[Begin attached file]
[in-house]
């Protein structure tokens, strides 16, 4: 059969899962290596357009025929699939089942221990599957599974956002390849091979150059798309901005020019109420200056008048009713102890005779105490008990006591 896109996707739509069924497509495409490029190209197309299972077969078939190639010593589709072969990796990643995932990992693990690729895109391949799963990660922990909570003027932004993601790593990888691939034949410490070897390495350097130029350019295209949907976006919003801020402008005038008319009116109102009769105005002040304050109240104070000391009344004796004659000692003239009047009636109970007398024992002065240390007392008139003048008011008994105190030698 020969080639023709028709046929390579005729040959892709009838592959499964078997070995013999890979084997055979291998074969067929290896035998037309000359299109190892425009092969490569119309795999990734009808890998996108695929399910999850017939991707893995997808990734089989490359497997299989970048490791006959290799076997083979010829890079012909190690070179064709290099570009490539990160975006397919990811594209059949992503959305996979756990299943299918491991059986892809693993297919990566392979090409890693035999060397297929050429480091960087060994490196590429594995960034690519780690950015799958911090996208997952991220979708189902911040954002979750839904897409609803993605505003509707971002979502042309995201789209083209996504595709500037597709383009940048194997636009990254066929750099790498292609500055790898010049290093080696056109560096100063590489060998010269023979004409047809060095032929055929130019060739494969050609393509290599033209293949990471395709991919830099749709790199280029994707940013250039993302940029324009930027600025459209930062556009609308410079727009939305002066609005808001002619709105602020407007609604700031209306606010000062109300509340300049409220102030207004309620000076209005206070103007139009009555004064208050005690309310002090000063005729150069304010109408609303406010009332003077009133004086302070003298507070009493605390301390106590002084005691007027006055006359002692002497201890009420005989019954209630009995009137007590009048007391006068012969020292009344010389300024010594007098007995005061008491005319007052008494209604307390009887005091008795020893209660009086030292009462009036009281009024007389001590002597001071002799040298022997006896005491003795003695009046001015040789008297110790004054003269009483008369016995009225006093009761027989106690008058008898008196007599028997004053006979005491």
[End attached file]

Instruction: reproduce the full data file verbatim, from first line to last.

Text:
[in-house]
């Protein structure tokens, strides 16, 4: 059969899962290596357009025929699939089942221990599957599974956002390849091979150059798309901005020019109420200056008048009713102890005779105490008990006591 896109996707739509069924497509495409490029190209197309299972077969078939190639010593589709072969990796990643995932990992693990690729895109391949799963990660922990909570003027932004993601790593990888691939034949410490070897390495350097130029350019295209949907976006919003801020402008005038008319009116109102009769105005002040304050109240104070000391009344004796004659000692003239009047009636109970007398024992002065240390007392008139003048008011008994105190030698 020969080639023709028709046929390579005729040959892709009838592959499964078997070995013999890979084997055979291998074969067929290896035998037309000359299109190892425009092969490569119309795999990734009808890998996108695929399910999850017939991707893995997808990734089989490359497997299989970048490791006959290799076997083979010829890079012909190690070179064709290099570009490539990160975006397919990811594209059949992503959305996979756990299943299918491991059986892809693993297919990566392979090409890693035999060397297929050429480091960087060994490196590429594995960034690519780690950015799958911090996208997952991220979708189902911040954002979750839904897409609803993605505003509707971002979502042309995201789209083209996504595709500037597709383009940048194997636009990254066929750099790498292609500055790898010049290093080696056109560096100063590489060998010269023979004409047809060095032929055929130019060739494969050609393509290599033209293949990471395709991919830099749709790199280029994707940013250039993302940029324009930027600025459209930062556009609308410079727009939305002066609005808001002619709105602020407007609604700031209306606010000062109300509340300049409220102030207004309620000076209005206070103007139009009555004064208050005690309310002090000063005729150069304010109408609303406010009332003077009133004086302070003298507070009493605390301390106590002084005691007027006055006359002692002497201890009420005989019954209630009995009137007590009048007391006068012969020292009344010389300024010594007098007995005061008491005319007052008494209604307390009887005091008795020893209660009086030292009462009036009281009024007389001590002597001071002799040298022997006896005491003795003695009046001015040789008297110790004054003269009483008369016995009225006093009761027989106690008058008898008196007599028997004053006979005491």